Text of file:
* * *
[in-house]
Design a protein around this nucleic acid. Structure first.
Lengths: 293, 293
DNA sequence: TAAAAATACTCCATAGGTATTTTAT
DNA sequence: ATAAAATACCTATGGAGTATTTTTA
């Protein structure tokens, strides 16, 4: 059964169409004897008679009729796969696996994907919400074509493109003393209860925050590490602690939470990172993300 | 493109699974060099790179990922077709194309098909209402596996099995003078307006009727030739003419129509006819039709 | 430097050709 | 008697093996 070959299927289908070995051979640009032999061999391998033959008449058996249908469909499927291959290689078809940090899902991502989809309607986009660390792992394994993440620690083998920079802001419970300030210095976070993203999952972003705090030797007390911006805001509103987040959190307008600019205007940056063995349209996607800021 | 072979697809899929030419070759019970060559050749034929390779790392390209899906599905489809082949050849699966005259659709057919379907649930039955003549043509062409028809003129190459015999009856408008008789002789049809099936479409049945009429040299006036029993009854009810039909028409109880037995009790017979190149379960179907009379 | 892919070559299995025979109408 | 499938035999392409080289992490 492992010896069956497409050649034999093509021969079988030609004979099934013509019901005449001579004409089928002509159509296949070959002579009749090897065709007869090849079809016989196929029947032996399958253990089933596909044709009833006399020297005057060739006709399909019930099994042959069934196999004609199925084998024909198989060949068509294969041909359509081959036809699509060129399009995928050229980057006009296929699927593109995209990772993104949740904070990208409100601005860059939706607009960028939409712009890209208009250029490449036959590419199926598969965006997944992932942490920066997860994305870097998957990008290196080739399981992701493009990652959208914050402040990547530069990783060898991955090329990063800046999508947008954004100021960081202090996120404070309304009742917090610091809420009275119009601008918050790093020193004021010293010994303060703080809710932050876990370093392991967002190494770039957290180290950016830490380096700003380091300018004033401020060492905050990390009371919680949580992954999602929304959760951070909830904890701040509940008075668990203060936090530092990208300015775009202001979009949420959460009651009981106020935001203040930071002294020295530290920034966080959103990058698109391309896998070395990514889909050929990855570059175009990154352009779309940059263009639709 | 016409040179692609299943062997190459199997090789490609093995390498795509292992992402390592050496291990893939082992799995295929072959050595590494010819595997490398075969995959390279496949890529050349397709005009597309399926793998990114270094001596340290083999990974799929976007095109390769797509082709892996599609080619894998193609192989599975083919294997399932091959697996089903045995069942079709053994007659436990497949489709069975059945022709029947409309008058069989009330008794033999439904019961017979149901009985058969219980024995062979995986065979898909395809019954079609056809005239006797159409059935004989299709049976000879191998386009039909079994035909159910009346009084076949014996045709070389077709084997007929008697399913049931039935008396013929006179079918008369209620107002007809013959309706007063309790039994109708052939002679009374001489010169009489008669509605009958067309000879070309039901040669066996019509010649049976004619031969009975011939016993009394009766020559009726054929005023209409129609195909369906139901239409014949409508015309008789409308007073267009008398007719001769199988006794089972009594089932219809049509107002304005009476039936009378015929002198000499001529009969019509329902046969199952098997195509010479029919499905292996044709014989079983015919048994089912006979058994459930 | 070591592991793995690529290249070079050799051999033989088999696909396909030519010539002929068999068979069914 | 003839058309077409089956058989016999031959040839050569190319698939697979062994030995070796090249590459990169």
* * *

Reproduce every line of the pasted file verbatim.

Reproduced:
[in-house]
Design a protein around this nucleic acid. Structure first.
Lengths: 293, 293
DNA sequence: TAAAAATACTCCATAGGTATTTTAT
DNA sequence: ATAAAATACCTATGGAGTATTTTTA
């Protein structure tokens, strides 16, 4: 059964169409004897008679009729796969696996994907919400074509493109003393209860925050590490602690939470990172993300 | 493109699974060099790179990922077709194309098909209402596996099995003078307006009727030739003419129509006819039709 | 430097050709 | 008697093996 070959299927289908070995051979640009032999061999391998033959008449058996249908469909499927291959290689078809940090899902991502989809309607986009660390792992394994993440620690083998920079802001419970300030210095976070993203999952972003705090030797007390911006805001509103987040959190307008600019205007940056063995349209996607800021 | 072979697809899929030419070759019970060559050749034929390779790392390209899906599905489809082949050849699966005259659709057919379907649930039955003549043509062409028809003129190459015999009856408008008789002789049809099936479409049945009429040299006036029993009854009810039909028409109880037995009790017979190149379960179907009379 | 892919070559299995025979109408 | 499938035999392409080289992490 492992010896069956497409050649034999093509021969079988030609004979099934013509019901005449001579004409089928002509159509296949070959002579009749090897065709007869090849079809016989196929029947032996399958253990089933596909044709009833006399020297005057060739006709399909019930099994042959069934196999004609199925084998024909198989060949068509294969041909359509081959036809699509060129399009995928050229980057006009296929699927593109995209990772993104949740904070990208409100601005860059939706607009960028939409712009890209208009250029490449036959590419199926598969965006997944992932942490920066997860994305870097998957990008290196080739399981992701493009990652959208914050402040990547530069990783060898991955090329990063800046999508947008954004100021960081202090996120404070309304009742917090610091809420009275119009601008918050790093020193004021010293010994303060703080809710932050876990370093392991967002190494770039957290180290950016830490380096700003380091300018004033401020060492905050990390009371919680949580992954999602929304959760951070909830904890701040509940008075668990203060936090530092990208300015775009202001979009949420959460009651009981106020935001203040930071002294020295530290920034966080959103990058698109391309896998070395990514889909050929990855570059175009990154352009779309940059263009639709 | 016409040179692609299943062997190459199997090789490609093995390498795509292992992402390592050496291990893939082992799995295929072959050595590494010819595997490398075969995959390279496949890529050349397709005009597309399926793998990114270094001596340290083999990974799929976007095109390769797509082709892996599609080619894998193609192989599975083919294997399932091959697996089903045995069942079709053994007659436990497949489709069975059945022709029947409309008058069989009330008794033999439904019961017979149901009985058969219980024995062979995986065979898909395809019954079609056809005239006797159409059935004989299709049976000879191998386009039909079994035909159910009346009084076949014996045709070389077709084997007929008697399913049931039935008396013929006179079918008369209620107002007809013959309706007063309790039994109708052939002679009374001489010169009489008669509605009958067309000879070309039901040669066996019509010649049976004619031969009975011939016993009394009766020559009726054929005023209409129609195909369906139901239409014949409508015309008789409308007073267009008398007719001769199988006794089972009594089932219809049509107002304005009476039936009378015929002198000499001529009969019509329902046969199952098997195509010479029919499905292996044709014989079983015919048994089912006979058994459930 | 070591592991793995690529290249070079050799051999033989088999696909396909030519010539002929068999068979069914 | 003839058309077409089956058989016999031959040839050569190319698939697979062994030995070796090249590459990169």